Reflective technique would let attacker amplify traffic and flood targets.
BitTorrent has fixed a flaw in its technology that quietly turns file-sharing networks into weapons capable of blasting websites and other internet servers offline.
The San Francisco company said Thursday the patch for its libuTP software will stop miscreants from abusing the peer-to-peer protocol to launch distributed reflective denial-of-service (DRDoS) attacks.
LibuTP is an essential building block for BitTorrent apps, such as Vuze, uTorrent, Transmission and the BitTorrent’s own client software. These applications must be updated to include the fix, and installed by netizens to fully kill off the DRDoS vulnerability. uTorrent version 3.4.4 40911, BitTorrent version 7.9.5 40912, and BitTorrent Sync version 2.1.3, were all patched up earlier this month.
First uncovered by researcher Florian Adamsky, the vulnerability allows a single attacker to amplify a small string of data into a much larger flood of garbage network traffic that is directed toward a single target.
“Thankfully, no such attack has yet been observed in the wild, and Florian responsibly contacted us to share his findings,” BitTorrent spokesman Christian Averill wrote in a blog post.
“This gave our engineering team the opportunity to mitigate the possibility of such an attack.”
By utilizing a flaw in the BitTorrent protocols, an attacker can send a small amount of data across the internet to force unsuspecting BitTorrent nodes to simultaneously transmit a much larger wad of network packets to a machine of the attacker’s choosing – effectively amplifying the attacker’s input and outputting it all to a victim’s computer.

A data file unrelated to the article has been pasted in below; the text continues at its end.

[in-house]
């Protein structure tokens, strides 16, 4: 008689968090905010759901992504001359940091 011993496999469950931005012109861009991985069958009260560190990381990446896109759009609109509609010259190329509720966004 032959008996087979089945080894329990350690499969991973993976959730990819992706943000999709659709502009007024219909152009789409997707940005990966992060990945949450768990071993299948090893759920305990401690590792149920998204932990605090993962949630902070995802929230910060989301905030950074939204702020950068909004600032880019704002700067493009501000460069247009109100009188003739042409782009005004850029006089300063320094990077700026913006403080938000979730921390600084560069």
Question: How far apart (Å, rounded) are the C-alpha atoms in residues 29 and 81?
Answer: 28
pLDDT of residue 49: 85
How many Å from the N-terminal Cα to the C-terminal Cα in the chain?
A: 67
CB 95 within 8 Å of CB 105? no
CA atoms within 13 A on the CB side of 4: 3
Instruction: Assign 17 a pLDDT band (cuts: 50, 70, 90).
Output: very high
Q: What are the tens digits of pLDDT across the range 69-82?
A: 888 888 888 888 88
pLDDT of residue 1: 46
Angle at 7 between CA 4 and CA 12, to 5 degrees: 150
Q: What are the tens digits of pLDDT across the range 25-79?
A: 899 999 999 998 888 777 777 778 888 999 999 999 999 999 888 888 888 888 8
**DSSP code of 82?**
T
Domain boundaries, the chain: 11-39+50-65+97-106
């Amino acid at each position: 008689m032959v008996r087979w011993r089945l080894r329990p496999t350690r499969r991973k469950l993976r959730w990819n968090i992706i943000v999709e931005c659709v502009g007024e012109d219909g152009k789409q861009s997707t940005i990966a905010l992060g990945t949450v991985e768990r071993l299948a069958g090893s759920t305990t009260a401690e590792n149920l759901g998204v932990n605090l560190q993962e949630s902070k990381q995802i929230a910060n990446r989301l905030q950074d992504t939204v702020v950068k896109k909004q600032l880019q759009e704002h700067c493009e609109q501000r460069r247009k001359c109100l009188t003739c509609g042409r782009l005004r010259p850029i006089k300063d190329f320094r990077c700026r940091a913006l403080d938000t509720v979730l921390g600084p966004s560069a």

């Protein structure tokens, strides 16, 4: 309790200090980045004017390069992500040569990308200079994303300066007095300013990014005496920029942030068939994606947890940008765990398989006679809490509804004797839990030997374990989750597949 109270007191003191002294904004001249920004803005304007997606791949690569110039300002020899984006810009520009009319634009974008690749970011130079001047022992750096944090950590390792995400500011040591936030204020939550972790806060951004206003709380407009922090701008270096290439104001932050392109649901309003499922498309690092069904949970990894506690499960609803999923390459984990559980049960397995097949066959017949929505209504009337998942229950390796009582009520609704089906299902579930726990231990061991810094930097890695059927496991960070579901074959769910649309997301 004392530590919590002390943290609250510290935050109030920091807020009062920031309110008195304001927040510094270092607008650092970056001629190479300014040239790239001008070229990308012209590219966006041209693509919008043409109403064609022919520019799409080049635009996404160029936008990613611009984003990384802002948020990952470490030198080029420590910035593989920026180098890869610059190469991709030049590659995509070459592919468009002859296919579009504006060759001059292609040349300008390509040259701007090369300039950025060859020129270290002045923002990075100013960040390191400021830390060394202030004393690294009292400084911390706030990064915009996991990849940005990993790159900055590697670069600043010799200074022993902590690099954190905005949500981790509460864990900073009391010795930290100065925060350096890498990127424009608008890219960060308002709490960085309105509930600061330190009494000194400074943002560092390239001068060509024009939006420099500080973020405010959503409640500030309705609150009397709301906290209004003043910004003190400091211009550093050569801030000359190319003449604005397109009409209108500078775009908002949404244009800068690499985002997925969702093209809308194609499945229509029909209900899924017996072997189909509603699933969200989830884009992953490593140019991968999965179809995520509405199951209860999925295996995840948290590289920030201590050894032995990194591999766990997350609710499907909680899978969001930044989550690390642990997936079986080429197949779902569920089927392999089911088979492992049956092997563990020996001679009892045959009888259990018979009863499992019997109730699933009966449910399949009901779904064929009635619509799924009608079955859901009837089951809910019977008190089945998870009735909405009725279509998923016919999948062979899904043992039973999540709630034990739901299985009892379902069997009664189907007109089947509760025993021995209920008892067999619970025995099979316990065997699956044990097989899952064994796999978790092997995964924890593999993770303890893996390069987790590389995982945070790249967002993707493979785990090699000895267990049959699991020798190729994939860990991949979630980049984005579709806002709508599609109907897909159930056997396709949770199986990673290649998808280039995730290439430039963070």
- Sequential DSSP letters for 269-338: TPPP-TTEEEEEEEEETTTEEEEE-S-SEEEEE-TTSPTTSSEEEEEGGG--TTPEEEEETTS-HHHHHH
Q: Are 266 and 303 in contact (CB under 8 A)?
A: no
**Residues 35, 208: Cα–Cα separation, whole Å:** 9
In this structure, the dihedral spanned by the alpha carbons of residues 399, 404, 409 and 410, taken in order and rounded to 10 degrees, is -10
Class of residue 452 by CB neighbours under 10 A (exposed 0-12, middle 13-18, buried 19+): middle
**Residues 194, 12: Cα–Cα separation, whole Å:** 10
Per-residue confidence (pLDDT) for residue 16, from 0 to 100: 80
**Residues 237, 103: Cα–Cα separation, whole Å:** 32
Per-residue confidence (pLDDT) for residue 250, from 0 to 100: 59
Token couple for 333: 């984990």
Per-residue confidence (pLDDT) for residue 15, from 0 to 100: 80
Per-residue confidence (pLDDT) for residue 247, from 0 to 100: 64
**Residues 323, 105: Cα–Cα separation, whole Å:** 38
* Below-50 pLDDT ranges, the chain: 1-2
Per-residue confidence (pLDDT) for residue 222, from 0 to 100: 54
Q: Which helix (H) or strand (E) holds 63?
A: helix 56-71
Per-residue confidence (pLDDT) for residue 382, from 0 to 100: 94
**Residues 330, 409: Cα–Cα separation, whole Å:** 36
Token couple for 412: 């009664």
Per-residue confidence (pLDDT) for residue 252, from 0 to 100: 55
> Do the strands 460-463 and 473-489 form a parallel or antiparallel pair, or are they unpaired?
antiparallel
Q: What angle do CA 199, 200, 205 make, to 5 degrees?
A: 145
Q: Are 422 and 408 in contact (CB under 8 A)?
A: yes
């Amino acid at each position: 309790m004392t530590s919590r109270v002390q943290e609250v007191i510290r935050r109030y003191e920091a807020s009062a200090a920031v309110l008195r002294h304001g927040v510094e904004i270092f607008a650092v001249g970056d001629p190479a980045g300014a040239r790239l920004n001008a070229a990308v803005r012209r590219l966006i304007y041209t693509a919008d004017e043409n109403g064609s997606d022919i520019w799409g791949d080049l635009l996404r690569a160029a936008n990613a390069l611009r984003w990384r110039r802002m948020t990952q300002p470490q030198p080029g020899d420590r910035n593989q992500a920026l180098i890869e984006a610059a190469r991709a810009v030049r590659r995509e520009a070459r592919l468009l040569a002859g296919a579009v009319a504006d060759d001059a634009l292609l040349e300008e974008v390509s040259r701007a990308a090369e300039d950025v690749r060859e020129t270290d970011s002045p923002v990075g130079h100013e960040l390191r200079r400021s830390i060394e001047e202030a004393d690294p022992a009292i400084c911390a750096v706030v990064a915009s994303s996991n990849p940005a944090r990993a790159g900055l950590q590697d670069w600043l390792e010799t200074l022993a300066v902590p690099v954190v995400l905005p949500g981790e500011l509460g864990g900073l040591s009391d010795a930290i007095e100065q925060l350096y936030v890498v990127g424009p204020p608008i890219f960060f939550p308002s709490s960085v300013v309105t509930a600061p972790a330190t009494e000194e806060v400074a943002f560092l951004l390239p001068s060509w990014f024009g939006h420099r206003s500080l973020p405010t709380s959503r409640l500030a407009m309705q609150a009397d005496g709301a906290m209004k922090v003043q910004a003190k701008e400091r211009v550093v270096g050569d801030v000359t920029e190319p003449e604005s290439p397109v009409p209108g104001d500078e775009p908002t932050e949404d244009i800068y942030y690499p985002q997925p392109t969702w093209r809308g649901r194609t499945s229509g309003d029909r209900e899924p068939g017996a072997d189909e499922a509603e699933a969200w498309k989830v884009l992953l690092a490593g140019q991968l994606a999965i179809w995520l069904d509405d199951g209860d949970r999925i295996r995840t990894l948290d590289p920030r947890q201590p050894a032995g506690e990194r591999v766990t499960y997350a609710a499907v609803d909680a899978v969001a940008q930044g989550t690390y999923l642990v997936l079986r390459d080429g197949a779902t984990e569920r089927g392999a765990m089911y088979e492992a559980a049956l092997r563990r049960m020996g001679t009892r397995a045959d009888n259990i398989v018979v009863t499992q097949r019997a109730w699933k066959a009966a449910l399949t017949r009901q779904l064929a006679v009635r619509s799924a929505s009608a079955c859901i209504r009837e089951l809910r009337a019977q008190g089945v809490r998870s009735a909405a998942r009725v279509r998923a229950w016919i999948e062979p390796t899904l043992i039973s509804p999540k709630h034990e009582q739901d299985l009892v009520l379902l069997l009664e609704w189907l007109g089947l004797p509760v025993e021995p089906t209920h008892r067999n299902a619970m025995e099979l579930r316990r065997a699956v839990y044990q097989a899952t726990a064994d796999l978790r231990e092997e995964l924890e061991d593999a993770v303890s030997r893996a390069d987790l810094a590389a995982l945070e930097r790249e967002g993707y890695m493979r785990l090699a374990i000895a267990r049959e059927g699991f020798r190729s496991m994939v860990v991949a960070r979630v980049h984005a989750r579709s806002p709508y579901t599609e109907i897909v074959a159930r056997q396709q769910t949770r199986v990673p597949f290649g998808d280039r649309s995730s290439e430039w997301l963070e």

This, if repeated enough times with enough nodes, allows the attacker to potentially bombard a targeted IP address with huge amounts of data, thus washing away any legit traffic. Effectively, the attacked server would appear to be offline.
“By spoofing the source address in a UDP packet, an attacker can trick an intermediate node into sending data to a third party,” BitTorrent bod Francisco de la Cruz explained in a blog post.
“If an attacker can find a UDP protocol that sends responses larger than initial requests, it can amplify the traffic directed at a victim.”
BitTorrent has tweaked its library code to address the design flaw in its protocol. Before, an attacker could start a connection with a BitTorrent node, and fake its IP address to be that of the victim. The node would acknowledge the connection to the victim, rather than the attacker. The attacker would then send a handshake message to the node. The node would try to repeatedly reply to the handshake to the hapless victim, rather than the attacker.
Now a node will generate a random acknowledgment value and send that to the victim, rather than the attacker, when the connection is initiated. The attacker can only guess what this value is, and without it, its handshake message to the node will be ignored. The node will refuse to reply to the handshake unless the sender knows the acknowledgment value to prove it initiated the connection.
This, in turn, will make reflecting large volumes of traffic far more difficult for an attacker, and will prevent the execution of DRDoS attacks.
BitTorrent noted that even before the vulnerability was disclosed, products such as its Sync tool were in large part safe against the attacks.
“Sync, by design, limits the amount of peers in a share, making the attack surface much smaller,” added Averill. “It would not serve as an effective source to mount large-scale attacks.”
He is a well-known expert in mobile security and malware analysis. He studied Computer Science at NYU and started working as a cyber security analyst in 2003. He is actively working as an anti-malware expert. He also worked for security companies like Kaspersky Lab. His everyday job includes researching about new malware and cyber security incidents. Also he has deep level of knowledge in mobile security and mobile vulnerabilities.